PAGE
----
some people worry that having a loud and public debate about the reproducibility of psychology findings may be detrimental to our public image. in this blog post, i make the bold argument that not only is this not what will happen, but if we have a public relations problem it's the opposite: we sometimes come across as too naive, not skeptical enough of our own preliminary results.why do i believe the replicability discussion is not going to cause harm to our reputation?i'm not generally known for my deep respect for the average person, but i do think people understand the basic concept of science - that we are getting closer and closer to the truth, but that all current knowledge is incomplete and subject to revision. in his essay The Relativity of Wrong, Asimov makes the point that science is all about becoming less and less wrong. undergoing the kind of critical self-examination psychology is currently in the midst of is a normal part of science.[for a fascinating example, see kuo's march 2014 discovery, at a 'five sigma' level of confidence (i.e., p < .0000003), that the universe expanded rapidly immediately after the big bang ('chaotic inflation theory'). when the discovery was made, the guy who had come up with the theory thirty years before (andrei linde) said "If this is true, ..." which seemed super modest to me at the time. fast forward to january 2015, and it turns out the evidence they thought they had was wrong. welcome to science. these errors don't mean we aren't hurtling towards the truth, they mean that the path is not a perfect, smooth, straight line.]i think we are successfully communicating to the world that we are having this discussion because we care about truth. the very fact that we are debating these issues, and not sweeping them under the rug, shows that we value getting it right more than portraying a glossy, airbrushed version of our science to the public.it's not news to anyone that we are a young science, and that we tackle extremely noisy phenomena. if we tried to pretend that our theories are complete, that we can predict complex human behavior with high precision, that our methods are perfect, no one would believe us anyway. if we show that we are getting better and better, and willing to revise our theories and methods when we get new, better ones, people will take us more seriously, not less.what do i think is the bigger threat to our public image?in my view, the bigger threats to people taking us seriously are the exaggerated headlines and conclusions often appearing in the media. when a preliminary study suggests an association between two variables, and that gets presented in the media as a definite and deterministic relationship, we look bad. to some extent, this is not our fault. we can be careful in our journal articles, and even in our conversations with the media, and they can still blow our claims out of proportion. but we do have some responsibility to try to correct this.first, we can be more careful about what we do write in our articles. a laundry list of caveats in the limitations section does not give us free reign to make wild speculations everywhere else in the paper. speculations have their place, but they should be clearly marked as such. and it's our responsibility to put the important limitations of our research front and center. (also, if you're tempted to say that there is 'a gene for X' or that 'brain region X lights up', read this.) (thanks sanjay.)second, we can resist the hype that reporters try to put in our mouths. some of my conversations with journalists go something like this:them: "so you're saying that people don't know themselves at all?"me: "no"them: "but people are really really bad at knowing themselves?"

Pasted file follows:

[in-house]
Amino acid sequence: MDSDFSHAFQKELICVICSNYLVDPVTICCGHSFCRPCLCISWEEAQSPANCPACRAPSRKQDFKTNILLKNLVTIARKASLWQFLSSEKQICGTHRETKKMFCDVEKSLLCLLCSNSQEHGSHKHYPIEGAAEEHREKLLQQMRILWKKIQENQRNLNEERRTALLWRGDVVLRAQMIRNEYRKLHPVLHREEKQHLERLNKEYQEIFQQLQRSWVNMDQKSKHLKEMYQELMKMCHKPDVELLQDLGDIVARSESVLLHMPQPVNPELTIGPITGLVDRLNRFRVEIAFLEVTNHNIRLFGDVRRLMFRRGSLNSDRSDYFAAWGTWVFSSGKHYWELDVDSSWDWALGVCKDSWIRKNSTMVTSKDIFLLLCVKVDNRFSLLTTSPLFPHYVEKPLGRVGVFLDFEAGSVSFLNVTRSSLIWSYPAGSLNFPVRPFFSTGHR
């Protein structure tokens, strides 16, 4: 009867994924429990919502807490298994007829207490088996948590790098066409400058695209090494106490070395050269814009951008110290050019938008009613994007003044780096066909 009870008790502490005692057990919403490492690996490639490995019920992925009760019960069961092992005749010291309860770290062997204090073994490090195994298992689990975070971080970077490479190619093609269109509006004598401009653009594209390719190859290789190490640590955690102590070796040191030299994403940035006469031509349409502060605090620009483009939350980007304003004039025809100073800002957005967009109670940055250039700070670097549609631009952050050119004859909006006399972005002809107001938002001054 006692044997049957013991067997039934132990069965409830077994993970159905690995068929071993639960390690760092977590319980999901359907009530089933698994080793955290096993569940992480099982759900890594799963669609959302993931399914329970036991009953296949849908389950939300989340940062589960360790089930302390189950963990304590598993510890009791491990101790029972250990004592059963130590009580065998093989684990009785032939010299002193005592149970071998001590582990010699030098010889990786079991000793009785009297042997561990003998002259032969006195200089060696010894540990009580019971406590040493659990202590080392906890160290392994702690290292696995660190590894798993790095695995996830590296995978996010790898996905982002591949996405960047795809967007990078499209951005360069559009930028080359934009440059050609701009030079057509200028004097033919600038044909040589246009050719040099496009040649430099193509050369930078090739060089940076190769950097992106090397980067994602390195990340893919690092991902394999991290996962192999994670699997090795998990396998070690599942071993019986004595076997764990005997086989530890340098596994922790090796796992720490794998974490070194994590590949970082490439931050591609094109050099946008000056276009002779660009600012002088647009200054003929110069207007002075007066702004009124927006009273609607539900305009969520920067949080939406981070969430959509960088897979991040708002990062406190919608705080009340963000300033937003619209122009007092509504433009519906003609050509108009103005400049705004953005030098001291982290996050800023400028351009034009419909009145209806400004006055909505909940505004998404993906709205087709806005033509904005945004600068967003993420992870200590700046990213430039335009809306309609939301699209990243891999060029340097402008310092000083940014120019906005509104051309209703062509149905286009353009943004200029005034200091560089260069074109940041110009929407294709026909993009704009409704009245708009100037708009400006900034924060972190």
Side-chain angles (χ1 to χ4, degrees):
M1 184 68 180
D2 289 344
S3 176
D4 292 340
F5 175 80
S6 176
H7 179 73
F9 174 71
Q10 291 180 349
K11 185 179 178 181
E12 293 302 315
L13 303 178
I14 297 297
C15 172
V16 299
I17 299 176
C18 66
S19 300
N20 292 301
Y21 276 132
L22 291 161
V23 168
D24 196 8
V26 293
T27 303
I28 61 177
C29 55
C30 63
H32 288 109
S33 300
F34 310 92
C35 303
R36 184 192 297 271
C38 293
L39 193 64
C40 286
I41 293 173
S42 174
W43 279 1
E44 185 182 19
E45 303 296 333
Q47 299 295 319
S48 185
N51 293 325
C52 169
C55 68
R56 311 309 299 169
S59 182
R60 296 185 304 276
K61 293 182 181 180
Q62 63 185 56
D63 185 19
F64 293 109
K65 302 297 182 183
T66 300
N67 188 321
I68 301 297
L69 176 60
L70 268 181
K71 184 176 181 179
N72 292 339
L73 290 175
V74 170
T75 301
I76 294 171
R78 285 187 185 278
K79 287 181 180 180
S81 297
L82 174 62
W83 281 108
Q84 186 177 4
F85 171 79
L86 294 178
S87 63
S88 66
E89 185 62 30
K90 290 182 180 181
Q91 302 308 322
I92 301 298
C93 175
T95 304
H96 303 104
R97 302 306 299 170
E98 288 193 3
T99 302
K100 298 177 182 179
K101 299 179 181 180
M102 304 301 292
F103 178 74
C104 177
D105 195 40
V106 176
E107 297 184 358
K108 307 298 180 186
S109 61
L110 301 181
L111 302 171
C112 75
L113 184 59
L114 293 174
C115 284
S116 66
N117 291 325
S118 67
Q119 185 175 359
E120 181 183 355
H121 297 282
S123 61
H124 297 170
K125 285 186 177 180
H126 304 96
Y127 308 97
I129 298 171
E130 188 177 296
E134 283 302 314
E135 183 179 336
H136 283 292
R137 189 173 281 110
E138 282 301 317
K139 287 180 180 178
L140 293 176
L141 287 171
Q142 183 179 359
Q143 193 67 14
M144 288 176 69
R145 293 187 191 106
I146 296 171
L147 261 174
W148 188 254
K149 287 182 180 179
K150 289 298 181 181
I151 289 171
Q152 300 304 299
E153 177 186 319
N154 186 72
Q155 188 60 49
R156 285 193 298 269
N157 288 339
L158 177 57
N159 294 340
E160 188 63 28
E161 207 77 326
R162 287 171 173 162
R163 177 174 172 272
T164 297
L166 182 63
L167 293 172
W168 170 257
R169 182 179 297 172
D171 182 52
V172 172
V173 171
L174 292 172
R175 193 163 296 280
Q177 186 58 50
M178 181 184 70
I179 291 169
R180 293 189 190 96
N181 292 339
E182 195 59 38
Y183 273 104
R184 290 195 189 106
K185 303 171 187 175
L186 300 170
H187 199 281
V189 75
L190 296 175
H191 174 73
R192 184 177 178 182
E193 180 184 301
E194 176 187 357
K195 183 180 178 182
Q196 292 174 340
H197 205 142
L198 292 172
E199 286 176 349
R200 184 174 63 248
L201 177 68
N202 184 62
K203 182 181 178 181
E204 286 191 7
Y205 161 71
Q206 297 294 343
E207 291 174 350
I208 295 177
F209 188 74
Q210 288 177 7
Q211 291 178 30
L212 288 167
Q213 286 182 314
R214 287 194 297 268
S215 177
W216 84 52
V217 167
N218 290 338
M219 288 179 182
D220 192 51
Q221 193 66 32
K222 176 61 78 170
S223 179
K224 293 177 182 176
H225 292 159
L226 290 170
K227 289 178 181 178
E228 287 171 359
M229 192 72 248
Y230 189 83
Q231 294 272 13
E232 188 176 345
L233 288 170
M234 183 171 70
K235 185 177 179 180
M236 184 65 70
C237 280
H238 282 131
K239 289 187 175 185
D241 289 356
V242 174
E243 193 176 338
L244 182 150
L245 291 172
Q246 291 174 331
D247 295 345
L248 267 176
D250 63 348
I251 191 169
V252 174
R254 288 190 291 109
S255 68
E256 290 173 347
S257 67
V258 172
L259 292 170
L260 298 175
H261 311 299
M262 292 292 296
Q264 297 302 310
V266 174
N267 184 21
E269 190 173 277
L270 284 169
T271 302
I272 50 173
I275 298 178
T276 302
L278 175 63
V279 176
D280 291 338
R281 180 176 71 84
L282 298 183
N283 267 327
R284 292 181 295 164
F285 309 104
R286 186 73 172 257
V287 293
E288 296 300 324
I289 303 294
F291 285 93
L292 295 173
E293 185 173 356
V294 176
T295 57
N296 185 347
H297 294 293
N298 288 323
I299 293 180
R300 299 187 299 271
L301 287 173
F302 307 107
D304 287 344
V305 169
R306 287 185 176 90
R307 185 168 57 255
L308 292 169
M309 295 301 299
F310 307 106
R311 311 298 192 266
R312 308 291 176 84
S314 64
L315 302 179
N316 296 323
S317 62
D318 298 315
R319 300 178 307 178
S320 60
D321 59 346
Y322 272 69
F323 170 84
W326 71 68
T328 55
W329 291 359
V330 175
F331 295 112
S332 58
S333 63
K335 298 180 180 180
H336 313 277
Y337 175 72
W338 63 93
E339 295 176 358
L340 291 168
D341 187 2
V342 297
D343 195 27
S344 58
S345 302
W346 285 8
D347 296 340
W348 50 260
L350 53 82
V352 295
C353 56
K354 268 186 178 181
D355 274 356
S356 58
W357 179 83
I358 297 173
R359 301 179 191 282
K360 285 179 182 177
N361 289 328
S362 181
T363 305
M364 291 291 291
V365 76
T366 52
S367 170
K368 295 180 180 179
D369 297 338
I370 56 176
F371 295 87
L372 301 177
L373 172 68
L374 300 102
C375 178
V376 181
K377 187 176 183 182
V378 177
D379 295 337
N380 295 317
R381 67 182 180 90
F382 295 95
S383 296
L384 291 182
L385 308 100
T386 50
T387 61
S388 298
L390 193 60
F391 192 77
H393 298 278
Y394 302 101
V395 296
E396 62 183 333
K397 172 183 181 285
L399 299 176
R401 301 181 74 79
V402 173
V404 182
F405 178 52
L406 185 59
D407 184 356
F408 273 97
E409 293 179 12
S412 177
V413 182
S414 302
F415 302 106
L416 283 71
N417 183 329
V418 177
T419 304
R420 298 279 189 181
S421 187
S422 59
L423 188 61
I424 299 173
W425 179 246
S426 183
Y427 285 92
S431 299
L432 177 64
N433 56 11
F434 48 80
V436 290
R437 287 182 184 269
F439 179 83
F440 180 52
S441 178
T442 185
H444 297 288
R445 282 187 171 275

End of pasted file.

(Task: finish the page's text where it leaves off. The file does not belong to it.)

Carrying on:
me: "no"them: "but wouldn't you say that, in general, people are astonishingly bad at knowing themselves?"me: "no"**third, we can do a better job of helping science writers and readers evaluate psychological science. to that end, here are some tips for science writers and readers of science writing. when a study claims that doing X will make you smarter/happier/more popular, ask these questions:1. have there been multiple studies, ideally by different researchers, all showing the same thing?2. did the studies have a lot of participants (for social/personality psychology, at least 200***)?3. are the researchers actually studying the phenomenon they are drawing conclusions about? if not, is the phenomenon they are studying at least similar to the one they are attempting to draw conclusions about?4. if the researchers are drawing conclusions about what causes what, did they at least conduct an experiment or look at changes over time?****5. if the study is an experiment, can you rule out all likely confounds? are you pretty sure that nothing besides the experimental manipulation could have caused the differences between the control and experimental conditions?6. did the researchers use appropriate measures to quantify the variables they are studying? are they better than any other (feasible) measures you can think of? (e.g., if the researchers used self-reports, do you trust that people can report on this honestly and accurately?)7. is the statistical evidence strong? if the researchers used p-values, are they well below .05 (say, smaller than .01)?if you answered no to any of these questions, you may be reading about a preliminary study. it's totally fine to get excited about it, and if you're a science journalist, you can even write about it. just think about it (and write about it) as a thought-provoking possibility that needs to be followed-up on, not a fact.indeed, even if the answers to all the above questions are yes, it's a good idea to remind yourself (and your readers) that all psychological research findings are probabilistic - at best they tell us that variable X tends to be associated with variable Y (or, tends to cause an increase/decrease in Y), but there are many exceptions, and many other things that influence variable Y. also, remember chaotic inflation theory.knowledge ain't cheap. it should be hard, and slow, to accumulate enough evidence for an effect that we should be confident we understand what's going on, especially when we're talking about human beings interacting with each other. when the media coverage makes it look like we're discovering incredible, counterintuitive new things that deterministically predict important outcomes every other week, the public starts to think we're either dumb, or we think they're dumb. if we still don't know for sure, after years of nutrition research, whether coffee is good for you or not, how could we know for sure after one study with 45 college students whether reading about X, thinking about Y, or watching Z is going to improve your social relationships, motivation, or happiness?i don't mean to put all the blame on the media. it's partly on us to insist that journalists convey the uncertainty in our results. it's less sexy, but i suspect the public will find the more circumscribed conclusions more palatable, and will take us more seriously if they believe that we are well-calibrated. we sound more scientific, not less, when we say "this is our best guess so far, but new evidence could suggest otherwise".also, there are many good science journalists out there, conveying the messiness***** and noisiness in our research in a way that still captures the public's interest in, and respect for, what we do. let's talk to them, and hang up on the ones that want to make us look like hucksters.** there are any number of****** popular science articles about self-knowledge that were not written because of my stubbornness. i think the world will find a way to live without them.*** more or less arbitrary. but gives researchers 80% power to detect effects of r = .20 or greater .**** i don't really want to get into all the subtleties of causal reasoning (mostly because i don't think i understand them well enough). how about a massive oversimplification instead? yes? ok: in social/personality research, i believe even experiments and longitudinal designs typically don't give us super conclusive evidence about what actually causes what in the world. in the best case, they tell us that X is one of the (probably many) things that can have a causal effect on Y. probably best to keep causal claims tentative.***** ok, this article still glosses over a lot of important issues (especially causality), but it's better than most!****** at LEAST two.